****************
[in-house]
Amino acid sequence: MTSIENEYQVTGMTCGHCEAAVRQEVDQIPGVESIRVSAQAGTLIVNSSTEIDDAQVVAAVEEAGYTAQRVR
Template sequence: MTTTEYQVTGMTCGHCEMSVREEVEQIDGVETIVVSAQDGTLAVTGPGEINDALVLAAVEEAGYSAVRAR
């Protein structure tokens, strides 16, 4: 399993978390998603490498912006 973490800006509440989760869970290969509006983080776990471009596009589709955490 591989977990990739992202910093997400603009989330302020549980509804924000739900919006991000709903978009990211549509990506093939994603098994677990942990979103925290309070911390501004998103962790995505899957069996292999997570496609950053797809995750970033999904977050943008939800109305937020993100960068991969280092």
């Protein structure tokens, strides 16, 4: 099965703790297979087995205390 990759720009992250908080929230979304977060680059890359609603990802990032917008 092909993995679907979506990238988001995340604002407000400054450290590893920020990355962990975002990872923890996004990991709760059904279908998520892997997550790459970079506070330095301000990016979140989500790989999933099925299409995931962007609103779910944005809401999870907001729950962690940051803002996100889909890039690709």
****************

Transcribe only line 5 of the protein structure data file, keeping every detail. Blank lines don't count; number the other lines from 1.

């Protein structure tokens, strides 16, 4: 099965703790297979087995205390 990759720009992250908080929230979304977060680059890359609603990802990032917008 092909993995679907979506990238988001995340604002407000400054450290590893920020990355962990975002990872923890996004990991709760059904279908998520892997997550790459970079506070330095301000990016979140989500790989999933099925299409995931962007609103779910944005809401999870907001729950962690940051803002996100889909890039690709």